We reached it in fifteen minutes. The fort has garrison of 200 people and its quadrangular rampart is formed, for the most part, by walls of ancient cloister. In the middle of the fortress there is a large church built of bricks. Inside, over a gate and on the sides there are graceful galleries supported by columns and archs. There are also multi-coloured stained-glass windows. Probably, it is the same church devoted to Virgin Mary which was erected by Saint Prokopy5 at the time of emperor Yustinian when Abkhazes were converted to Christianity.
It seems to me that the fort Pitsunda occupies the most part of the place where once city of Pitius was situated. The above-mentioned church though partly destroyed is suitable for services. Moreover, the emperor granted a sum that is equal to 60 thousand francs for repairs and promised to give more.
Russians call Circassia a country situated between Kuban and Gagra6. After this fortress Abkhazia begins. Therefore, we were in this country, in Pitsunda. Abkhazes are peaceful people and live quite in harmony with Russians. However, soldiers don“t dare to move away alone from the fortress even to small distances...
...We rised on board again at 8 P.M. and at night passed by fort Bambora which is situated in the distance of 8-9 miles from Pitsunda and cast anchor.
The next morning we saw inhabitants of the Caucasus shore. These Abkhazes armed in the same manner as Circassians were tall, strong, deft men with proud look. We bought from them several daggers. The garrison may communicate with Bambora and Pitsunda by means of escorts but soldiers can“t move away alone or in small groups from the fort without risk of undergoing attacks on the part of Abkhazes who, in spite of their submissiveness, rob and kill them when opportunity occurs.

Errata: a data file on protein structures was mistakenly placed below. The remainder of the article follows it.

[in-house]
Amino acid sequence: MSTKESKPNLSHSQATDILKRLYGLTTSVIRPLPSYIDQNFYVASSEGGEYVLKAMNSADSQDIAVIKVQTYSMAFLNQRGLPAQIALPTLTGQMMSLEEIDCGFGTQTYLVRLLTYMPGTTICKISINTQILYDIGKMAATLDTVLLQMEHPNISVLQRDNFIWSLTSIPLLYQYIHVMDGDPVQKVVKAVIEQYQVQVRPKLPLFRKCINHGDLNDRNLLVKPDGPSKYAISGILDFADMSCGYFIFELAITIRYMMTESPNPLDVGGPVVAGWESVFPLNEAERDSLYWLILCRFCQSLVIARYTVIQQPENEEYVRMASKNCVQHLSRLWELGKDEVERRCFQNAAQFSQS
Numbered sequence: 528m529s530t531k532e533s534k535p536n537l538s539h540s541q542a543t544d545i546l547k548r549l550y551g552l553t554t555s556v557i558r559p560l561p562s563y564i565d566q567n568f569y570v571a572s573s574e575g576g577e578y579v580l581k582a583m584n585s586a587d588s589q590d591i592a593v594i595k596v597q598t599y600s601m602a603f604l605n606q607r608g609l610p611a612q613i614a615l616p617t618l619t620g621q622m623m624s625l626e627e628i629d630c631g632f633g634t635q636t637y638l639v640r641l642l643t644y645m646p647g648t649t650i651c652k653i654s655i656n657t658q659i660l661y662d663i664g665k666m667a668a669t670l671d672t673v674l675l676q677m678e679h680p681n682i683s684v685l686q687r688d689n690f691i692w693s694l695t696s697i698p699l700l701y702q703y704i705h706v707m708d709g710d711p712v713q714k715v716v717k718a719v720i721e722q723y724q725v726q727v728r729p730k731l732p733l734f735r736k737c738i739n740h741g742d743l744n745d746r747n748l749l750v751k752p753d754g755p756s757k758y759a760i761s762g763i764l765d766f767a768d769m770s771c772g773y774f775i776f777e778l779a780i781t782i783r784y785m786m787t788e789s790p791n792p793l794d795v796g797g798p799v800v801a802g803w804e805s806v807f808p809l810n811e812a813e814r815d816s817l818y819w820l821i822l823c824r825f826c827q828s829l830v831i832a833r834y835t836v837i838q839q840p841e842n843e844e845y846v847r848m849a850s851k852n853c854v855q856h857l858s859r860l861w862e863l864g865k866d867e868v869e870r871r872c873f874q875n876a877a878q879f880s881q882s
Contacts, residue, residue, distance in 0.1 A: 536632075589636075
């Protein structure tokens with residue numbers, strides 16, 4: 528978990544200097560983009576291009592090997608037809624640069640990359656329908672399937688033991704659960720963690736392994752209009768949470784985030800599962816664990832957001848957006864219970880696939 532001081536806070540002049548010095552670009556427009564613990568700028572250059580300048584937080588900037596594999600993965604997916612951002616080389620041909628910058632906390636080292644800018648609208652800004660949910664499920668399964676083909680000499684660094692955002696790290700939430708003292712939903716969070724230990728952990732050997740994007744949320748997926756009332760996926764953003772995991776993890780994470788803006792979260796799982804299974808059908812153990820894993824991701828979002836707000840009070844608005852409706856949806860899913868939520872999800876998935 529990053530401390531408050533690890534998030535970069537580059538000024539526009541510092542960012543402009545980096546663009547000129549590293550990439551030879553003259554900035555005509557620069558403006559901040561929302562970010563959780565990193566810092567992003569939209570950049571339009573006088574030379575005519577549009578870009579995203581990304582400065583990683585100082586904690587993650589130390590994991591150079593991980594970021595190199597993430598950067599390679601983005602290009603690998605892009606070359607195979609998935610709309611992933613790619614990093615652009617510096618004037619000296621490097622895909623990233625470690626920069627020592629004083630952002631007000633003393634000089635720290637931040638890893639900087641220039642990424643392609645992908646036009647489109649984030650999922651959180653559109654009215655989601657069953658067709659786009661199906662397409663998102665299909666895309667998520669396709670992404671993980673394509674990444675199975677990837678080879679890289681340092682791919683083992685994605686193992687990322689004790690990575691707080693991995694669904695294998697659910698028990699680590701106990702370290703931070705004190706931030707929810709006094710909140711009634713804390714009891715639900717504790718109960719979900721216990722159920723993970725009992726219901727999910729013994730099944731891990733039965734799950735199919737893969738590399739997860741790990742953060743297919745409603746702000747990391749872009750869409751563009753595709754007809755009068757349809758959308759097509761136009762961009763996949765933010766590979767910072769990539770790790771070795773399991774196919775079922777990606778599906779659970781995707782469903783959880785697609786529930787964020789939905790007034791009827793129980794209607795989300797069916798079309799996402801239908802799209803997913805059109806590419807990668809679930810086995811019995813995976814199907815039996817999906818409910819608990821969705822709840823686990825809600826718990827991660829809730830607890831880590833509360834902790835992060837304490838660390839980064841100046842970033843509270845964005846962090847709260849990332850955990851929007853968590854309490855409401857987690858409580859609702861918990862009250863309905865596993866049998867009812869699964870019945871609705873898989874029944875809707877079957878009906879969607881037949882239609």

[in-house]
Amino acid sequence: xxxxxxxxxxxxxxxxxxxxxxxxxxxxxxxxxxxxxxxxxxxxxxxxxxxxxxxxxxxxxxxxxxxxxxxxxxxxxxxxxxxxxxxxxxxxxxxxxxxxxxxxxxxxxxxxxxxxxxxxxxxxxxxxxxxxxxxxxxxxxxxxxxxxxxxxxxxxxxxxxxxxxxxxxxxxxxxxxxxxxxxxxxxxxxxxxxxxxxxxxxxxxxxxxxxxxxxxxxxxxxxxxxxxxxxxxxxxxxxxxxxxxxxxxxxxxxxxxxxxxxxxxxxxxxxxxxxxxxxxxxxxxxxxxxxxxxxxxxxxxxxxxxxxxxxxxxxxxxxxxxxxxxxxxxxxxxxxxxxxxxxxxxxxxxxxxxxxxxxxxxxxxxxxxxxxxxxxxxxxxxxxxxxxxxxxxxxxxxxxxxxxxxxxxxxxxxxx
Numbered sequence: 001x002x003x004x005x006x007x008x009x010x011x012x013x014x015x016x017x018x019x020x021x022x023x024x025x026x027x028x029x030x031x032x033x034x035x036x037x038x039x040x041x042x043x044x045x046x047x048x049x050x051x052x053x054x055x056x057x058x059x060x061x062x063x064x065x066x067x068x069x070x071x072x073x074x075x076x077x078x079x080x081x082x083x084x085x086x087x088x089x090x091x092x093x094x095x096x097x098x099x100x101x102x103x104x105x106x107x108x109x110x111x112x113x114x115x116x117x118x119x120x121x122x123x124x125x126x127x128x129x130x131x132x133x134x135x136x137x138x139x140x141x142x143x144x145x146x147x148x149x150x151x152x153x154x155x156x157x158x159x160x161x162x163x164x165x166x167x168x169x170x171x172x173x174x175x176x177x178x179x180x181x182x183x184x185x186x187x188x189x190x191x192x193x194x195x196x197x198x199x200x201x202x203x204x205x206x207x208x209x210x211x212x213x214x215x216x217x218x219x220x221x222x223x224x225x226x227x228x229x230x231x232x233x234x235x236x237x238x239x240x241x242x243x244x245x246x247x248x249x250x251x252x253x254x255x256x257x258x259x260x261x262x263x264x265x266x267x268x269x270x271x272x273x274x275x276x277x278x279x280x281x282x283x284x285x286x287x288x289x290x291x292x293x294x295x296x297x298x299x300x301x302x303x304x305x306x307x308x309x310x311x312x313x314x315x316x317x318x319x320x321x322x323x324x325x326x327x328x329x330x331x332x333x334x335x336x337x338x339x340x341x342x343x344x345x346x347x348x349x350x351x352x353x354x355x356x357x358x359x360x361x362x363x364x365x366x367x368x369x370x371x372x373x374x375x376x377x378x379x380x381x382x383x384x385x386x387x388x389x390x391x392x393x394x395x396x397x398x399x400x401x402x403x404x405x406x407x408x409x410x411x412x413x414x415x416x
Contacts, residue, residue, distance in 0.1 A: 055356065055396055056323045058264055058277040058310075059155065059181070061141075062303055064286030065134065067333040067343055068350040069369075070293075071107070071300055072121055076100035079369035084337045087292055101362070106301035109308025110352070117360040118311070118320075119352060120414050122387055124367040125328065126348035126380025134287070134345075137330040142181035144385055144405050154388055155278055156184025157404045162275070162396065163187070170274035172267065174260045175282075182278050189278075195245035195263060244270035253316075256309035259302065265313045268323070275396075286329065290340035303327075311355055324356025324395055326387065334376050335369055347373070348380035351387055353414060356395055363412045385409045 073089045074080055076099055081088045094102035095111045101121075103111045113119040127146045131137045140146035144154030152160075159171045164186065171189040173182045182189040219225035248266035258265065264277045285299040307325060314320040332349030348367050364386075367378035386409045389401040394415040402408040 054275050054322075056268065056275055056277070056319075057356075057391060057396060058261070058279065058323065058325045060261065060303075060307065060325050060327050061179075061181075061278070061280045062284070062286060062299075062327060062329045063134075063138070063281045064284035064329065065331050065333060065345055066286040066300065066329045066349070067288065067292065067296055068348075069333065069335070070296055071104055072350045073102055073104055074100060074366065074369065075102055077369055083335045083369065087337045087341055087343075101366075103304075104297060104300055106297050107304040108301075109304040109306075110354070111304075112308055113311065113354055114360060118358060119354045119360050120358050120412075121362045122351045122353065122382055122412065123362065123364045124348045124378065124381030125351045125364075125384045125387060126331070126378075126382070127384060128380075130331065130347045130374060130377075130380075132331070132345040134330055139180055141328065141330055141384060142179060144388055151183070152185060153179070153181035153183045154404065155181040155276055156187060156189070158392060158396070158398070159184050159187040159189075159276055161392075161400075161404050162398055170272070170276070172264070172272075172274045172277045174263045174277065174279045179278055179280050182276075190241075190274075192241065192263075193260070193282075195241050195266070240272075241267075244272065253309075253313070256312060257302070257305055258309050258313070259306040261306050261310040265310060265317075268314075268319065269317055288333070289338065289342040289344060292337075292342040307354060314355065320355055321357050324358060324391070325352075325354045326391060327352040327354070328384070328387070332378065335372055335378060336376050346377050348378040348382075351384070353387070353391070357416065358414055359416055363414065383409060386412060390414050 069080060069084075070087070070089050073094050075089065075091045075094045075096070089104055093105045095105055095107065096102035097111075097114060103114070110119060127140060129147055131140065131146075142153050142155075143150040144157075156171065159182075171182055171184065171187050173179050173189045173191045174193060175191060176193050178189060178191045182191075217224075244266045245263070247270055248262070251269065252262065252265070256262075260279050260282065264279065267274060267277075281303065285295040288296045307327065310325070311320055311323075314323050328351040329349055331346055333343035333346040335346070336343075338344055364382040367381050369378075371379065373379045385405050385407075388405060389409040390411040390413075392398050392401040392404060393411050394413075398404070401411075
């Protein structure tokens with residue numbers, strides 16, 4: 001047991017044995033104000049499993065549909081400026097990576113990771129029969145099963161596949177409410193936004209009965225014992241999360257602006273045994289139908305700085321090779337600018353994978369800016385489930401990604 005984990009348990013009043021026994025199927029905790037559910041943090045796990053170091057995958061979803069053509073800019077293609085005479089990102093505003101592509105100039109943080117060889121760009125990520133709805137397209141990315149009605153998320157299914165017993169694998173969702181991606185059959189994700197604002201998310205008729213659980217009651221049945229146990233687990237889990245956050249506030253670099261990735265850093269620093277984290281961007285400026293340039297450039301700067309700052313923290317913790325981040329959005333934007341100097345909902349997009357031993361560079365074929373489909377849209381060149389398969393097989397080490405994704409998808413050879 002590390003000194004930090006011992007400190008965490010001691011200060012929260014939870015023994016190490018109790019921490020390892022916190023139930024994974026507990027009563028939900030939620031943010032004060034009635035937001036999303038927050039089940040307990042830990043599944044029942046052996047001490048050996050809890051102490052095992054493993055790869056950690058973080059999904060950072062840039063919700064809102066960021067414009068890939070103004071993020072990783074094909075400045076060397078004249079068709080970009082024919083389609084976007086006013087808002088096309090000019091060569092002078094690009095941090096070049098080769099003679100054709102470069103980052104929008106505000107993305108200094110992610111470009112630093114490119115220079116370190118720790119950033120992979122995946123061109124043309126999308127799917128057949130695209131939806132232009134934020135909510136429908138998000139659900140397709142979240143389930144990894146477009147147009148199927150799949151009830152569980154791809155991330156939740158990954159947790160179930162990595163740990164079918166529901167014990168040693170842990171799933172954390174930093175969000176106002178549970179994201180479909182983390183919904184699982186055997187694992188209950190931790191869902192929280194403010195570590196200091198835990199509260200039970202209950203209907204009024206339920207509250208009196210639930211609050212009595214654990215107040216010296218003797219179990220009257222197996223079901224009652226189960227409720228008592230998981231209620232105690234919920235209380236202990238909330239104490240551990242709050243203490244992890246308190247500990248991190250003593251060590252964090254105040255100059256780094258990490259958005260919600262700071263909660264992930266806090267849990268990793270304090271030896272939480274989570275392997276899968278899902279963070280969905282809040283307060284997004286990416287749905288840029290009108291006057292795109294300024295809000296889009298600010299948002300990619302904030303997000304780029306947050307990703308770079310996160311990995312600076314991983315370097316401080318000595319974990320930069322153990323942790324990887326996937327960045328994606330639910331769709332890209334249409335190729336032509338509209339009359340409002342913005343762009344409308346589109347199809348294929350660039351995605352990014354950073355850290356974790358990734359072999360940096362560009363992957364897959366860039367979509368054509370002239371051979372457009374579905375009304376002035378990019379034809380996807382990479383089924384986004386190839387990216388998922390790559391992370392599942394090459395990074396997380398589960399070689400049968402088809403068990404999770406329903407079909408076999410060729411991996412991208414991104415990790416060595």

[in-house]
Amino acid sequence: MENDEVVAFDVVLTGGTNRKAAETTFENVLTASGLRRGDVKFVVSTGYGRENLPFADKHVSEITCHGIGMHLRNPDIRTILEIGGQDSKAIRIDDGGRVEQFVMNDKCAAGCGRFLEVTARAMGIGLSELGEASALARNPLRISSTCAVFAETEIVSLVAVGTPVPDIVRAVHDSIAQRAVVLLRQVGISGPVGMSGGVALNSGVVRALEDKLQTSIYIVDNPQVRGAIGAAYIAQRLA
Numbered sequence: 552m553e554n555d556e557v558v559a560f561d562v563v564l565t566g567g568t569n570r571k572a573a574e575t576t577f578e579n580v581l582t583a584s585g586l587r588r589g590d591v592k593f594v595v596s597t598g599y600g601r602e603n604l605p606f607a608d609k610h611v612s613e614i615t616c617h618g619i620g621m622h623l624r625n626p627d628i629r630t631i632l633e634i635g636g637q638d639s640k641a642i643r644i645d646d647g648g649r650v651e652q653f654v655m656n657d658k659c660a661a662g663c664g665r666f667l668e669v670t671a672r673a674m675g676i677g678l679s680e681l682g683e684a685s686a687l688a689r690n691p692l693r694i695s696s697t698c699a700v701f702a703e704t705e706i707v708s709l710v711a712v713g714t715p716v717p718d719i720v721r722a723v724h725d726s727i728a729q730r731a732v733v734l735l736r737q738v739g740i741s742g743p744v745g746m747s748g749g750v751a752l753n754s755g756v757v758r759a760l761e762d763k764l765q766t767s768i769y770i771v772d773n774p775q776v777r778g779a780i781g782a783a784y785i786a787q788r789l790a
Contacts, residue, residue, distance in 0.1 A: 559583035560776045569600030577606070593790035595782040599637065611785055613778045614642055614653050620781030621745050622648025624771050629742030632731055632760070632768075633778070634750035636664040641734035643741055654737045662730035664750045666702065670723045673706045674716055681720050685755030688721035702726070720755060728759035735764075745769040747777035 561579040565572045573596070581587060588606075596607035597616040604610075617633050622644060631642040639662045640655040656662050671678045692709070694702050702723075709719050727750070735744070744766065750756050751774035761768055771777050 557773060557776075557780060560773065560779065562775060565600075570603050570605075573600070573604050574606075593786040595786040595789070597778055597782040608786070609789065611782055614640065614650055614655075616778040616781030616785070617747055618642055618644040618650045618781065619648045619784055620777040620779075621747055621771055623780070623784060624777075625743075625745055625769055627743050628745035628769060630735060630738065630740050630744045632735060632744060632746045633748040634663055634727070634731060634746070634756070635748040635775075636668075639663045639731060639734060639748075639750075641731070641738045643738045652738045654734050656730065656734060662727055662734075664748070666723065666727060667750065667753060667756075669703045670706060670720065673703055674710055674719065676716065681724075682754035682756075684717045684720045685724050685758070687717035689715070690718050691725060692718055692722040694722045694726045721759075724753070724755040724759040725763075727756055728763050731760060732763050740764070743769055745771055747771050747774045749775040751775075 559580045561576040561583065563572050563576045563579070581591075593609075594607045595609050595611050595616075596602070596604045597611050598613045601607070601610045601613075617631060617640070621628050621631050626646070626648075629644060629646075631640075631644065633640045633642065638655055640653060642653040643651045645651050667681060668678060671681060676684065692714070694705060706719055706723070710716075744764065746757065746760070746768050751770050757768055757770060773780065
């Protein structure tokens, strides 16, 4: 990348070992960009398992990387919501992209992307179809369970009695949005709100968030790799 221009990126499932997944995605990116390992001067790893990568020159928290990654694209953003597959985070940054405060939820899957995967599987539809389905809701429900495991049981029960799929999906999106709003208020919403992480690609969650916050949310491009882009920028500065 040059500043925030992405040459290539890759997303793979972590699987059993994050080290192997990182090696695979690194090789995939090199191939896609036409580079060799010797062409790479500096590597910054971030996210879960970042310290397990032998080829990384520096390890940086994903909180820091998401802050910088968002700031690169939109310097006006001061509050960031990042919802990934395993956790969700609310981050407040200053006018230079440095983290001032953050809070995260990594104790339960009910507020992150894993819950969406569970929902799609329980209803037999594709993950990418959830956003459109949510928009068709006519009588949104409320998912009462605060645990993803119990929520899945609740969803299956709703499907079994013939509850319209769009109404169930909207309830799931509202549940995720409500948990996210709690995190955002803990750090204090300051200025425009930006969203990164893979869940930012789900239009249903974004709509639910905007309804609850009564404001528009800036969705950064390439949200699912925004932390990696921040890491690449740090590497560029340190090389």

In bay Sukhum-kale there were a corvette, a brig and a battle ship. Captain of this ship told us that ten days ago he had received an order to go with 20 sailors and 50 soldiers to fort Dranda situated in 9-10 miles from Sukhum-kale and in 3-4 miles from the shore which has a garrison of 1000 men and fetch a deserter from there. This deserter, soldier of Sukhum battalion, had been arrested in Dranda. When commander brought him to the shore in order to embark the ship, convoy was assaulted by 300-400 Akhazes and Circassians who killed and wounded one third of general number of soldiers and liberated the deserter who had rendered to them earlier various services.
We left Sukhum-kale and some time later approached cape Iskuria, village Kelasura and ruines of ancient city are situated. Perhaps, they are remains of a city about which Strabon and Pliny said the following: «Dioskuria was a great city trading with all countries situated around. There merchants from 300 tribes of the Caucasus rallied. Negotiations were performed with the help of 130 interpreters».
Starting from Pitsunda space between the sea and mountains is 2-5 lieues wide. It is covered with forest. The farther we advanced to the South-East the farther mountains receded from the shore. At 1 P.M. we passed by the mouth of a river named Markula, at 3 P.M. - the mouth of a river Gudava which serves as a border between Abkhazia and Mingrelia7. At 5 P.M. we passed by city Anaklia where river Ingur flows into the sea. At 6 P.M. we cast anchor near Redut-kale. In spyglass we saw in forest adjacent to Anaklia ruines of quadrangular tower and walls.

1. Here under the term «Circassia» the whole territory of the Western Caucasus populated by Abkhazes and Adygs except for Abkhaz principality but including Abkhaz district of Sochi-Adler sector is implied.
2. These are Djigets who were ethnic Abkhazes and Ubykhs.
3. Former name of Istanbul when it was a capital of Byzantine empire.
4. Pasha of Anapa was a deputy of sultan on the Caucasus shore from Anapa to Gagra. Pasha of Sukhum carried out control for Abkhazia from Gagra to Ingur. Generally, pasha of Sukhum was somebody from Adler Abkhazes, Djiget princes.
5. Byzantine court historian of VI century Prokopy of Kesaria.
6. See note 1.
7. Ingur was at that time a border between Abkhazia and Mingrelia. However, adjacent to Mingrelia Samurzakan district which started from the above-mentioned river Gudava was disputed then by Mingrelia. Opinion of Russian administration about belonging of this territory changed depending on changes of political situation on the Caucasus shore.

Notes and publication of D. Chachkhalia